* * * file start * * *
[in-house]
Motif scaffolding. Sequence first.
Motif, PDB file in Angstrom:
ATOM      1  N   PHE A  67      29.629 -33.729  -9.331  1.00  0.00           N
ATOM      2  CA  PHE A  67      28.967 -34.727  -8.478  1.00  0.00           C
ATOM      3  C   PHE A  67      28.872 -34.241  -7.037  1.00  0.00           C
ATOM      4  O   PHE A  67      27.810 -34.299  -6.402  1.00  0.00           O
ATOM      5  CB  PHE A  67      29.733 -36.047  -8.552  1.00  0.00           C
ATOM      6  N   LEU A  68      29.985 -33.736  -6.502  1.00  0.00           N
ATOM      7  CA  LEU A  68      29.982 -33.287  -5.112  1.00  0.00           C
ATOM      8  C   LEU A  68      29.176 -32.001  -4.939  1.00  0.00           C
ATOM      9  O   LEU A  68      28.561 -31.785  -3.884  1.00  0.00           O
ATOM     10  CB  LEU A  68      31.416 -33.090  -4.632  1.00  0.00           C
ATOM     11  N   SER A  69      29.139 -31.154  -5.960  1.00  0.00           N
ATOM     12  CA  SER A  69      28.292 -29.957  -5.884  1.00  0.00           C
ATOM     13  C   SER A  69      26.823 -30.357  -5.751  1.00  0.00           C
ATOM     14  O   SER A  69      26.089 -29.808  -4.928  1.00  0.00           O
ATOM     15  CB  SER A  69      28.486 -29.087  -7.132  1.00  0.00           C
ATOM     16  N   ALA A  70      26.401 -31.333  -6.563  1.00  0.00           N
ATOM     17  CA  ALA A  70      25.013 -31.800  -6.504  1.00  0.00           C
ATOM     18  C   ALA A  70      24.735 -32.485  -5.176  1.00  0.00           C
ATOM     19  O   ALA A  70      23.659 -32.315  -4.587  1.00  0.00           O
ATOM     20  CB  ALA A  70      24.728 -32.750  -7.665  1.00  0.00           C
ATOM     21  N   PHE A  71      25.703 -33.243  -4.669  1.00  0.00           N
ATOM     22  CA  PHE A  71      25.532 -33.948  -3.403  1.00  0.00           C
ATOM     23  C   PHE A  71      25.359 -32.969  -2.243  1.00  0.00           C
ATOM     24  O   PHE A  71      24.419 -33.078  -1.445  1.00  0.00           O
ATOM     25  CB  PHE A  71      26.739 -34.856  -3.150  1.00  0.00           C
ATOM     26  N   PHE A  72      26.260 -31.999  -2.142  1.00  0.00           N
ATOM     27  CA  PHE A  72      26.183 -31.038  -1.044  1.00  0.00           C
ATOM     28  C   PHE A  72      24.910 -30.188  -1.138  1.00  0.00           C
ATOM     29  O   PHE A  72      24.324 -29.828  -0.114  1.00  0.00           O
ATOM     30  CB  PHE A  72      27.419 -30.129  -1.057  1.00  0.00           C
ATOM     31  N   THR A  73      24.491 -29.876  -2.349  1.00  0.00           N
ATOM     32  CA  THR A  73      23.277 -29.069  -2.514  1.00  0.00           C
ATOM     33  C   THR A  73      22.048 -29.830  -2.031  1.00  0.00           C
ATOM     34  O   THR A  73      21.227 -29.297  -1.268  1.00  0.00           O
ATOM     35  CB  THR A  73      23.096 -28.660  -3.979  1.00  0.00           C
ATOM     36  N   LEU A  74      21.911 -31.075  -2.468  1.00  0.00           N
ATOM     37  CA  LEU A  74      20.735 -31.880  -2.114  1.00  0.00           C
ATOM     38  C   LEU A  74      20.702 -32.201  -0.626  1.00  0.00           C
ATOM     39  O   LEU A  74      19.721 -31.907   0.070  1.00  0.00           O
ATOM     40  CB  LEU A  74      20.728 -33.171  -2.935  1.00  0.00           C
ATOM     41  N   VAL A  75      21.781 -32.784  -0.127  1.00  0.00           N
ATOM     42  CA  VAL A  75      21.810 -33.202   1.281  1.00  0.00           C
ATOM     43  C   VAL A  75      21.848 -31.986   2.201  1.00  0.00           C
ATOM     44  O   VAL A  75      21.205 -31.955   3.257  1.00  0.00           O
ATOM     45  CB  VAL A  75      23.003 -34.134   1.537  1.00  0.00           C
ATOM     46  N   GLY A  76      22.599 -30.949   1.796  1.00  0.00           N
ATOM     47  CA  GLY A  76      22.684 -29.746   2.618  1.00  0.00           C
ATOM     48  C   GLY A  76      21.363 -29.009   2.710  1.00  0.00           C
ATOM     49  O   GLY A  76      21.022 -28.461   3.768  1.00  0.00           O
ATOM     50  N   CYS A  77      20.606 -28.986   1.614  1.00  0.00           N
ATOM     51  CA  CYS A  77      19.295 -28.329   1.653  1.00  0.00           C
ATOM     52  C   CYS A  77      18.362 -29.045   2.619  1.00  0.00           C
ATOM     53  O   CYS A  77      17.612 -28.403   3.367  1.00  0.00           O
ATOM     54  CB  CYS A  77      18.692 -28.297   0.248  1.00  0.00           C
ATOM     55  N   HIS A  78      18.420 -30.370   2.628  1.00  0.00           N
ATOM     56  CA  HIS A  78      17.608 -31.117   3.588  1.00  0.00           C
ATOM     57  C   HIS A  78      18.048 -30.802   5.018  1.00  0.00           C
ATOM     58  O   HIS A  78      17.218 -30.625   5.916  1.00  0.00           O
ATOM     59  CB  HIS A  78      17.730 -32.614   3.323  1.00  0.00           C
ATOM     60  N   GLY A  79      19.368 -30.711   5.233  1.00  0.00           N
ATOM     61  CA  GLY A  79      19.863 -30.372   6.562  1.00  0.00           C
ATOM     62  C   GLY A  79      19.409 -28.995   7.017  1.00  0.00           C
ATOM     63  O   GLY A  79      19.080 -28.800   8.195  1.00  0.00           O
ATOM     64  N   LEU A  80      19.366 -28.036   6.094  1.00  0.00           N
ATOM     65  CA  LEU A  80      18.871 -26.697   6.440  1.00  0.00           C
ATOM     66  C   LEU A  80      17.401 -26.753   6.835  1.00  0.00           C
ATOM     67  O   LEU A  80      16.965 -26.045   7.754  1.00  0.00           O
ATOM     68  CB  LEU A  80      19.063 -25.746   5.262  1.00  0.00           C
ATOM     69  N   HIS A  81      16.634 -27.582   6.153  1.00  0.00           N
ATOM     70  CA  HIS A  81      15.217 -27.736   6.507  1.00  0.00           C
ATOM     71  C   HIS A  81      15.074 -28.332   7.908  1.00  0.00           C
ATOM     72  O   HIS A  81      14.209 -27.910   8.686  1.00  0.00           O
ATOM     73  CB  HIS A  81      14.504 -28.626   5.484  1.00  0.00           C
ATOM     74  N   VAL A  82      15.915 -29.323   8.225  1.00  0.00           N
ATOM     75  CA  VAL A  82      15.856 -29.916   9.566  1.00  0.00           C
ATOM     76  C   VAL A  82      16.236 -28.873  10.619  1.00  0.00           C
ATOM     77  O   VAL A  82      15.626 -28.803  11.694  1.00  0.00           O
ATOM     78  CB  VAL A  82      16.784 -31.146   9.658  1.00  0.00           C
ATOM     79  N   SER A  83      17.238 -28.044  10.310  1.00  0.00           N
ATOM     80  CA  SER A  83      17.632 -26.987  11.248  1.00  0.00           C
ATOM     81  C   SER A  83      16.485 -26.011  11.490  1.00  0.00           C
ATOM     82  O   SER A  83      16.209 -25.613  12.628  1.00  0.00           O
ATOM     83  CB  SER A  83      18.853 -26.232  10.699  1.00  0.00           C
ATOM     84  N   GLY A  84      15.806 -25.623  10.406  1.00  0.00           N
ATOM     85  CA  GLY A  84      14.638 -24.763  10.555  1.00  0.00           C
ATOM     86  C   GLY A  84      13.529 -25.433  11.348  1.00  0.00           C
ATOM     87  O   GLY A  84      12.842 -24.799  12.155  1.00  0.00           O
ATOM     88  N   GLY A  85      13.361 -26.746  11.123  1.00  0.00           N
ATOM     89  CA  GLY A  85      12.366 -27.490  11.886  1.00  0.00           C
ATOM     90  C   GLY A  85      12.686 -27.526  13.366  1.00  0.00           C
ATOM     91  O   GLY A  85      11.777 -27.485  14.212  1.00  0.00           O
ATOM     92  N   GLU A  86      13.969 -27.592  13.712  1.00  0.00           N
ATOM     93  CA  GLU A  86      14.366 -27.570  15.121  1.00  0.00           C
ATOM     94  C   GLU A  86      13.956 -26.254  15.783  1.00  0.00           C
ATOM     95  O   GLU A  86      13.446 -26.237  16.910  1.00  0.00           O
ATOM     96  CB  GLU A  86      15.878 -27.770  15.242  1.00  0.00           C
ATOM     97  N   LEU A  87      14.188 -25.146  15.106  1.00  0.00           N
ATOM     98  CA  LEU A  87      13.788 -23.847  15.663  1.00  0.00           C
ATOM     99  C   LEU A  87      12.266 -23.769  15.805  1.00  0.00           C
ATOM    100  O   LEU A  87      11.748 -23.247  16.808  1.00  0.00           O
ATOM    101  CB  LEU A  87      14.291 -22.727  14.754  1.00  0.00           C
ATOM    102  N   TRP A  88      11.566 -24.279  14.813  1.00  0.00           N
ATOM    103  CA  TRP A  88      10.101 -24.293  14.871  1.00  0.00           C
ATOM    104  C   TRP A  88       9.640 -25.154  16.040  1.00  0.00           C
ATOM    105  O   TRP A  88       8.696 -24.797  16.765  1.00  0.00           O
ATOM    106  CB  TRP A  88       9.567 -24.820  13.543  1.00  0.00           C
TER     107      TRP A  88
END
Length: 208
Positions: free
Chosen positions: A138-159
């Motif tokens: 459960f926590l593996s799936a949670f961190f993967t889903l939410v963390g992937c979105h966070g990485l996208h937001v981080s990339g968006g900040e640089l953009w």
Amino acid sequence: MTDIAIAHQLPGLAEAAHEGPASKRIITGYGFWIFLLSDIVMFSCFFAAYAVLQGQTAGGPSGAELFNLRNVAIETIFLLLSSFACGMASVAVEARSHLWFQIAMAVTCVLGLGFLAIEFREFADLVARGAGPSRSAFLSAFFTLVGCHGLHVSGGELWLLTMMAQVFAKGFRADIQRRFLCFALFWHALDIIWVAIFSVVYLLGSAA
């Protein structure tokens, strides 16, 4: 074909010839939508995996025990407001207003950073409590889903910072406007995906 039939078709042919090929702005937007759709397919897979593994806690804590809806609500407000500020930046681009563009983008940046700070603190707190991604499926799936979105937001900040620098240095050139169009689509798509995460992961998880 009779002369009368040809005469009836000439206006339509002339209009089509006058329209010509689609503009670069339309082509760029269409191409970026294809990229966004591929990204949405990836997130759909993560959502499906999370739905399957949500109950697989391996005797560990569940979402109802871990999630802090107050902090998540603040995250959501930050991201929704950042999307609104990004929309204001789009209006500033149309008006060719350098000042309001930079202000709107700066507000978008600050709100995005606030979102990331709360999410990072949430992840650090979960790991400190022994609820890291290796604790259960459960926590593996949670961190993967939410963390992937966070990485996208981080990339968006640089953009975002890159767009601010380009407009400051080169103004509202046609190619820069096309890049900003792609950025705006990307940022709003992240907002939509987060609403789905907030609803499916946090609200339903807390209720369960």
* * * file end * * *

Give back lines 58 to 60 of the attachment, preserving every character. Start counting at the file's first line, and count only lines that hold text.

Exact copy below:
ATOM     55  N   HIS A  78      18.420 -30.370   2.628  1.00  0.00           N
ATOM     56  CA  HIS A  78      17.608 -31.117   3.588  1.00  0.00           C
ATOM     57  C   HIS A  78      18.048 -30.802   5.018  1.00  0.00           C